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Yearbook 2008

Slovakia. When Kosovo declared independence at the beginning of the year, Slovakia did not follow the EU majority but refused to recognize the new state. On the one hand there were historical causes, Slovakia remembers its own heavy losses of land to Hungary and Germany in 1938-39, and on the other, a dangerous precedent was seen in the unilaterally proclaimed independence that could open a "Pandora's box". Instead, Slovak politicians cited the agreed divorce between the Czech Republic and Slovakia in 1992 as a peaceful example to follow.

In May, the European Commission declared that Slovakia had fulfilled the requirements for joining the EMU and introducing the euro as a currency even though it expressed concern about rising inflation. According to Countryaah reports, the government decided to revaluate the Slovak krona by 18 per cent to meet inflation and improve the exchange rate relative to the euro. The formal invitation to EMU came from EU finance ministers in July. In the same month, the Slovak currency was tied to the euro at a rate of just over SEK 30 (koruna) for one euro. As a result, Slovakia avoided the fall in the exchange rate against the euro that the neighboring countries suffered during the autumn financial crisis. By New Year 2009, it was time for Slovakia to become the 16th euro country and the second former communist country after Slovenia to enter EMU.

At the New Year, Slovakia closed one of the Soviet-built reactors at the Bohunice nuclear power plant. The oldest reactor had been closed in 2006. The decisions were EU conditions for Slovakia's membership of the Union.

2008 Slovakia

In June 2014, Parliament passed a constitutional amendment that came into force in September. The amendment prohibited gay marriage and was criticized by the human rights organizations for its discriminatory nature.

Discrimination, persecution and ill-treatment of Roma are rapidly increasing. In April 2015, police stormed a Roma settlement in Vrbnica. 19 Roma subsequently filed allegations of abuse and damage to their property. The police denied the abuse, but the Ombudsman criticized the police operation and urged the Interior Ministry to conduct an in-depth investigation. The UN Committee Against Torture noted that no charges had been raised against police officers who participated in an attack on the Roma settlement in Moldava nad Bodvou in June 2013, in which 30 people - including children - were abused. The Torture Committee also criticized Slovakia for not having an independent body to investigate the abuses. The only body investigating the offense - SKIS - was subject to the Ministry of the Interior, which the police were also subject to. There is de-facto impunity for Roma offenses in the country, which can thus be poorly characterized as a rule of law. The country also uses a practice to place Roma schoolchildren in special schools for retarded children. Both the Ombudsman and the EU Commission have described this practice as discrimination.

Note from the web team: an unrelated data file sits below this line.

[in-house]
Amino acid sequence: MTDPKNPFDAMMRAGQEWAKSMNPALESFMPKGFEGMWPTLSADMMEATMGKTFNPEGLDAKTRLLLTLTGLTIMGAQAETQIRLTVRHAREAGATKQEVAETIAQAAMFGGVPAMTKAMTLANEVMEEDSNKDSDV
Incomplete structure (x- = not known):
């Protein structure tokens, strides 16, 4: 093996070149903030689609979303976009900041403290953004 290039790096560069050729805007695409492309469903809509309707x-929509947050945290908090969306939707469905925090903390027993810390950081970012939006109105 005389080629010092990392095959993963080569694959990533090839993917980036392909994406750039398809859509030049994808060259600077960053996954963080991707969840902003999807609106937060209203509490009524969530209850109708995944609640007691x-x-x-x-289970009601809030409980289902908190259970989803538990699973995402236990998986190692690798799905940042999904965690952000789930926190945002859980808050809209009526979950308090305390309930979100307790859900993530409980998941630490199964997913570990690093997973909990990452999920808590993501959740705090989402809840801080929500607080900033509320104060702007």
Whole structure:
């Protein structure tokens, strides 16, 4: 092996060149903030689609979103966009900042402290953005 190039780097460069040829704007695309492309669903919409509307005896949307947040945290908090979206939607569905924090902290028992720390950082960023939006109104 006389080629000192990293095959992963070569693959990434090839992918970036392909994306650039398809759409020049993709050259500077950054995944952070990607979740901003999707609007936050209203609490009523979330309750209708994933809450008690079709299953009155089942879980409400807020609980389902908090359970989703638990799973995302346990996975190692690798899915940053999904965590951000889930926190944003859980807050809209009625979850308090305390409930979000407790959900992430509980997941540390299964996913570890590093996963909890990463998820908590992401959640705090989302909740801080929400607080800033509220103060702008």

The March 2016 parliamentary election was an earthquake election that drastically changed the political landscape. It became a disaster for the ruling Social Democracy Smer-SD, going 34 seats back to 49. However, it was still the largest of the parliament. The liberal SaS went 10 seats up to 21 and in addition 4 new parties came in: the national conservative SNS came in with 15 mandates, the neofascist L 'SNS came in with 14, the right-wing populist Sme Rodina came in with 11, and it social-conservative # SIEŤ came in with 10. In other words, there was a dramatic strengthening of the right-wing and right-wing groups in parliament. Anti-facists demonstrated against L 'SNS at Parliament's opening in Bratislava. President Kiska met with each of the party leaders and found that no one but Sme Rodina would sit in government with L 'SNS. He then left it to the largest party of Smer-SD to try to form government. It was formed after a week and consisted of the Social Democrats themselves, Sas, Most – Híd and # SIEŤ. In other words, it was a center-right government, but still with Robert Fico as prime minister.


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